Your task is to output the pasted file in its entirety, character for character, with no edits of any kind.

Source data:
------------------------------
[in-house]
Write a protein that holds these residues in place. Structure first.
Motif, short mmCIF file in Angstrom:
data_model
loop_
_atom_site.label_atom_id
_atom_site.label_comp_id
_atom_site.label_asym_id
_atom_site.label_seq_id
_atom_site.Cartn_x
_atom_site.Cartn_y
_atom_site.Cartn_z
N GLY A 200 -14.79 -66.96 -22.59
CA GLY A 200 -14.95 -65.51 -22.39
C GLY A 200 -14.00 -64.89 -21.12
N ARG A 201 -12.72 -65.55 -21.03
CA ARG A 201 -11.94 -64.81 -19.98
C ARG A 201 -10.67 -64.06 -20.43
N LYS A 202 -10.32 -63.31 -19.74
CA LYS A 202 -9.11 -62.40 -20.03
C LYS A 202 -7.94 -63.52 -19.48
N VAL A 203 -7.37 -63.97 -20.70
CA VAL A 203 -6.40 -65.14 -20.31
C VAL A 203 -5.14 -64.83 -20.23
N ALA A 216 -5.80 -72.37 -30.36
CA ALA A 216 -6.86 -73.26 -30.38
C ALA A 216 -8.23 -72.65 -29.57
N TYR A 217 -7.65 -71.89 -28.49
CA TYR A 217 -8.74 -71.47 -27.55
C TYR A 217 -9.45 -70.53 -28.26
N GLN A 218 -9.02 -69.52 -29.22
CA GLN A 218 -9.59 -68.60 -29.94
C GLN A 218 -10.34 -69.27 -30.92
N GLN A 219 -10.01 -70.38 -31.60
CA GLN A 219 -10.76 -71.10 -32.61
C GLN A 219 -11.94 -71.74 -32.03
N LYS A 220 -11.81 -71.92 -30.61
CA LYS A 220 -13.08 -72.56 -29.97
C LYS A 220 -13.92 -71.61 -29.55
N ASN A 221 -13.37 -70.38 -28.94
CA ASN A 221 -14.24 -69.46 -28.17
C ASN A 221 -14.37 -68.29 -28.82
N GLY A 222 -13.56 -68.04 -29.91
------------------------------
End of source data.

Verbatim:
[in-house]
Write a protein that holds these residues in place. Structure first.
Motif, short mmCIF file in Angstrom:
data_model
loop_
_atom_site.label_atom_id
_atom_site.label_comp_id
_atom_site.label_asym_id
_atom_site.label_seq_id
_atom_site.Cartn_x
_atom_site.Cartn_y
_atom_site.Cartn_z
N GLY A 200 -14.79 -66.96 -22.59
CA GLY A 200 -14.95 -65.51 -22.39
C GLY A 200 -14.00 -64.89 -21.12
N ARG A 201 -12.72 -65.55 -21.03
CA ARG A 201 -11.94 -64.81 -19.98
C ARG A 201 -10.67 -64.06 -20.43
N LYS A 202 -10.32 -63.31 -19.74
CA LYS A 202 -9.11 -62.40 -20.03
C LYS A 202 -7.94 -63.52 -19.48
N VAL A 203 -7.37 -63.97 -20.70
CA VAL A 203 -6.40 -65.14 -20.31
C VAL A 203 -5.14 -64.83 -20.23
N ALA A 216 -5.80 -72.37 -30.36
CA ALA A 216 -6.86 -73.26 -30.38
C ALA A 216 -8.23 -72.65 -29.57
N TYR A 217 -7.65 -71.89 -28.49
CA TYR A 217 -8.74 -71.47 -27.55
C TYR A 217 -9.45 -70.53 -28.26
N GLN A 218 -9.02 -69.52 -29.22
CA GLN A 218 -9.59 -68.60 -29.94
C GLN A 218 -10.34 -69.27 -30.92
N GLN A 219 -10.01 -70.38 -31.60
CA GLN A 219 -10.76 -71.10 -32.61
C GLN A 219 -11.94 -71.74 -32.03
N LYS A 220 -11.81 -71.92 -30.61
CA LYS A 220 -13.08 -72.56 -29.97
C LYS A 220 -13.92 -71.61 -29.55
N ASN A 221 -13.37 -70.38 -28.94
CA ASN A 221 -14.24 -69.46 -28.17
C ASN A 221 -14.37 -68.29 -28.82
N GLY A 222 -13.56 -68.04 -29.91